I did include some smoking in this recipe, but since the fish was smoking and not us (and fish are high in tyrosine), I felt this was an acceptable form of smoking…?

Looking into the distance

Hot smoked salmon is more like a chunky salmon fillet, than the very thinly sliced cold smoked salmon you are probably used to. It normally has the skin on (you take that off for this meal).


  • 2 fillets of hot smoked salmon (take the skin off, cut it up and feed it to your cat; flake the rest into chunks about 1-1.5cm in size and do not give that to your cat no matter how much they insist they should have it)
  • 2 avocado diced
  • 1 handful of fresh rocket
  • 1  handful of cherry tomatoes, quartered
  • 1-2 tbsp mild olive oil
  • couple of drops of sesame oil
  • 1 tsp sushi vinegar
  • 1-1.5cm squeeze of wasabi (yes: the green one, in the tube #notfancy)
  • Salt and pepper for seasoning

Pop the olive oil, sesame oil, sushi vinegar, wasabi and some salt and pepper into a jar, attach lid and shake until everything is combined and emulsified. Set aside.

In two low tumblers, assemble your Hot Smoked Salmon cocktail: layer avocado, rocket, salmon chunks, cherry tomato quarters until each tumbler is full. Drizzle the dressing all over it, and serve!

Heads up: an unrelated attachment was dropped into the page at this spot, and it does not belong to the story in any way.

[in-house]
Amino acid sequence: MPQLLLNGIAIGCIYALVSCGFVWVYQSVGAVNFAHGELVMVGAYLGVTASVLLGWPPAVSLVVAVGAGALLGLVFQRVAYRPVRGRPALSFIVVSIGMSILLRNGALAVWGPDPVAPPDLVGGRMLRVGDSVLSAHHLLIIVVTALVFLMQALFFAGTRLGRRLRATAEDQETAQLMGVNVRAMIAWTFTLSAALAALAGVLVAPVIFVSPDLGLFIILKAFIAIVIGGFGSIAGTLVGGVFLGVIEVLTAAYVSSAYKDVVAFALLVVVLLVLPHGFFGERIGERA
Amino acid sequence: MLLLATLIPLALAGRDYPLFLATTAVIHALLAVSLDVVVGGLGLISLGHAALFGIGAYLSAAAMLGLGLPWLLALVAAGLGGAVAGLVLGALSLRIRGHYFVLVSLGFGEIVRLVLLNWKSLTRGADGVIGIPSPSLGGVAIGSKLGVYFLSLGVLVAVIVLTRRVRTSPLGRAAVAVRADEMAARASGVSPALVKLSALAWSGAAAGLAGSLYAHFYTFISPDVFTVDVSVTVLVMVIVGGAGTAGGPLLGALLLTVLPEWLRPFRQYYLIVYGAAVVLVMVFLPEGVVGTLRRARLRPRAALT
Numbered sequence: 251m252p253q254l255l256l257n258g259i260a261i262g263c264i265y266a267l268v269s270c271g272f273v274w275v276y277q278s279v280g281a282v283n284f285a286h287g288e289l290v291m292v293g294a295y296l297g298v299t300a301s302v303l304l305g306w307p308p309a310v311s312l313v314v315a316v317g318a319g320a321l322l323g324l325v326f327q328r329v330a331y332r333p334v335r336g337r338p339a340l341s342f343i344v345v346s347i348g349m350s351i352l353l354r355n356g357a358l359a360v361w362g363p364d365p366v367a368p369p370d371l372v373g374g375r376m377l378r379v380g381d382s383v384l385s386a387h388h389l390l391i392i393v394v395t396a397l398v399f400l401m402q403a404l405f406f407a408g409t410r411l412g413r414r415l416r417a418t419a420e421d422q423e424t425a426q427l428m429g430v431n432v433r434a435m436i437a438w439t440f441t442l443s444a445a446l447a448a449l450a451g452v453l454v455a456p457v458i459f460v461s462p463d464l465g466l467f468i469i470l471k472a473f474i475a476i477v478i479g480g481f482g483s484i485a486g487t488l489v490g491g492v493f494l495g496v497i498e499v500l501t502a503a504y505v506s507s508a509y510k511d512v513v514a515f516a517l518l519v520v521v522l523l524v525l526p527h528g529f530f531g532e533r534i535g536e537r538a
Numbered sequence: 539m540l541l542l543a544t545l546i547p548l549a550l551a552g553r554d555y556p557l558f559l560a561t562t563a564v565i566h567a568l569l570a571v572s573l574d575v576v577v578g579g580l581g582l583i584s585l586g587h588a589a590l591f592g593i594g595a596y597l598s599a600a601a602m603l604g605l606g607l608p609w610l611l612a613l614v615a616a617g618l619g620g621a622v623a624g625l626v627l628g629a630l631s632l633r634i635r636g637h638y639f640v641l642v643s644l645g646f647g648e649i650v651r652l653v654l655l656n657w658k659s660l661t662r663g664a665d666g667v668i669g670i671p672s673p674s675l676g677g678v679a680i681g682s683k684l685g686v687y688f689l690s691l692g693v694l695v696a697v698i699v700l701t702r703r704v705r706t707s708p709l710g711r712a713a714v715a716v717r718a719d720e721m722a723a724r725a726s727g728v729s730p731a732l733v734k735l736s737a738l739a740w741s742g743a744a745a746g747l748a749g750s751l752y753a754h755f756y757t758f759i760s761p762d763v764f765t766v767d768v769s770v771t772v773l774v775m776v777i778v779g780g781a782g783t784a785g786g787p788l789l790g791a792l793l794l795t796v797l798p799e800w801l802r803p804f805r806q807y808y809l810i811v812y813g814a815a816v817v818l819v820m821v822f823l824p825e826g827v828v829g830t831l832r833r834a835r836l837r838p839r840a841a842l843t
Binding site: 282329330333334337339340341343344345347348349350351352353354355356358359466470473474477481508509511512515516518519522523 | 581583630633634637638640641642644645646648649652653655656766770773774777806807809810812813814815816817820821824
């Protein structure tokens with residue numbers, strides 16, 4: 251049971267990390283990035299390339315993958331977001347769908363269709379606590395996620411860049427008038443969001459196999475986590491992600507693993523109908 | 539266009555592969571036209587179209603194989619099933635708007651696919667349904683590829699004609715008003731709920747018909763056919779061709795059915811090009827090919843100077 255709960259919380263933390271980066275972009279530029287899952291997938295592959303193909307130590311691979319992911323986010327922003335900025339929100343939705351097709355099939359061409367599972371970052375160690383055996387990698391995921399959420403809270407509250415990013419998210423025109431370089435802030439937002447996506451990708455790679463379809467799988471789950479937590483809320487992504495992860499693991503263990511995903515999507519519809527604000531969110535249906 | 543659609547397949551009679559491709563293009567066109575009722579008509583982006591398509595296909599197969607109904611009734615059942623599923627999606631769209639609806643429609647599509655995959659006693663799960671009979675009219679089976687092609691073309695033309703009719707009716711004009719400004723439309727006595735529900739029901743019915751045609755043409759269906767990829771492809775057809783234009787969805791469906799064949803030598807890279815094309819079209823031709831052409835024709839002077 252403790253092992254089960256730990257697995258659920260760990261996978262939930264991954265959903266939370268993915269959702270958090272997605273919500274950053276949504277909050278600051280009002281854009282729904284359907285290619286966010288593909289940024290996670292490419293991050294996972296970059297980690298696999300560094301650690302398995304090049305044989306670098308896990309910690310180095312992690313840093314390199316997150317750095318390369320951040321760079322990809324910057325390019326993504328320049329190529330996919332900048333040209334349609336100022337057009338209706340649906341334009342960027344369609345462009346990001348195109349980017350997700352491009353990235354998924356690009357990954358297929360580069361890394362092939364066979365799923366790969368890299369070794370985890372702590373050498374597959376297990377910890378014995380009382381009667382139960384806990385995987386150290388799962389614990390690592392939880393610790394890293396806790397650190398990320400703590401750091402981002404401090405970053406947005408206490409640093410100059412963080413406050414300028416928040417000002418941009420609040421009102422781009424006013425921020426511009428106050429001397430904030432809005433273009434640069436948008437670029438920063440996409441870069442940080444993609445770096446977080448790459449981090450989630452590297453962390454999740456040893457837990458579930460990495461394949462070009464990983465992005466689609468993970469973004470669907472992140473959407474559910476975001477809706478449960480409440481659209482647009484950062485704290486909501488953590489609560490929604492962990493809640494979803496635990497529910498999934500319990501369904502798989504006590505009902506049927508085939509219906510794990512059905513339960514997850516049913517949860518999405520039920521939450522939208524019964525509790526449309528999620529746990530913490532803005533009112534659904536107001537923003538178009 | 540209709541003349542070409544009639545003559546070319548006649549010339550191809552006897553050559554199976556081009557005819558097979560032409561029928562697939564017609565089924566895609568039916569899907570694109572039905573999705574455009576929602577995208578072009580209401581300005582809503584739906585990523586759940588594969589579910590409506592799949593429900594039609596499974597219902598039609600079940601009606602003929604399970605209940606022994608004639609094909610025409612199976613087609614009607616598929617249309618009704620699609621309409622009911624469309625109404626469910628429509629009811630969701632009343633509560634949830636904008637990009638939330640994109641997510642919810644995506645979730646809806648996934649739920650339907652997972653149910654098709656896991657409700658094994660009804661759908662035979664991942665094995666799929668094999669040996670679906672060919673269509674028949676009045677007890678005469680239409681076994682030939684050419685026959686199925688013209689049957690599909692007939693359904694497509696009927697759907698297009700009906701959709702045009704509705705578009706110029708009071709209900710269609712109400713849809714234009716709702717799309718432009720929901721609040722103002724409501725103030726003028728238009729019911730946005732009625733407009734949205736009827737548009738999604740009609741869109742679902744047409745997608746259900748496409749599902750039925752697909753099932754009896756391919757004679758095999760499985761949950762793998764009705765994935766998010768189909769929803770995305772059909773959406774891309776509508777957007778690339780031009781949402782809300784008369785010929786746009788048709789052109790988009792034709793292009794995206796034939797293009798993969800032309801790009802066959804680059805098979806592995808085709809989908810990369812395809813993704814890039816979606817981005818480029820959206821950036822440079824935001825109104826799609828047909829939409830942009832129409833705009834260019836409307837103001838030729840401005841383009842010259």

Serves 2.

Smoking Hot Smoked Salmon Cocktail.

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Canape close up

For those days when you don’t have a baguette handy, so you can’t make crostini canapes with cottage cheese, how about cucumber canapes with cottage cheese? This one is a cold recipe, so great for spring and summer. It’s also very quick to assemble, but looks very impressive! You could assemble it 5 minutes before your guests arrive!


  • 12 slices of continental cucumber
  • 5 tbsp of cottage cheese (say about 100mL of your 500mL cottage cheese tub)
  • the green parts of 2 small spring onions, finely cliced
  • 2 sprigs of dill, finely sliced
  • 2 slices smoked salmon
  • 2 radishes, top and tail them then finely slice them
  • Salt and pepper to season

Pop your cottage cheese in a bowl, mix in the dill and spring onion. Season with salt and pepper, then pop in the fridge to infuse until you’re ready to serve.

When you are ready to plate up, slice one side of the radishes off to give you a base to stand each slice up and tear up your smoked salmon into 6 strips that you can artfully place on your canape.

Pop your slices of cucumber on a platter and dollop a high teaspoon of the cottage cheese mix onto each. For the salmon ones: arrange the pieces of salmon on top of 6 of the dollop of cheese. For the radish ones: stand the radish up, cut side down, in the dollop of cheese.

Et voila! Serves 4 people, or 3 very hungry people.

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Mushrooms to the left, tomatoes to the right…stuck on a platter for you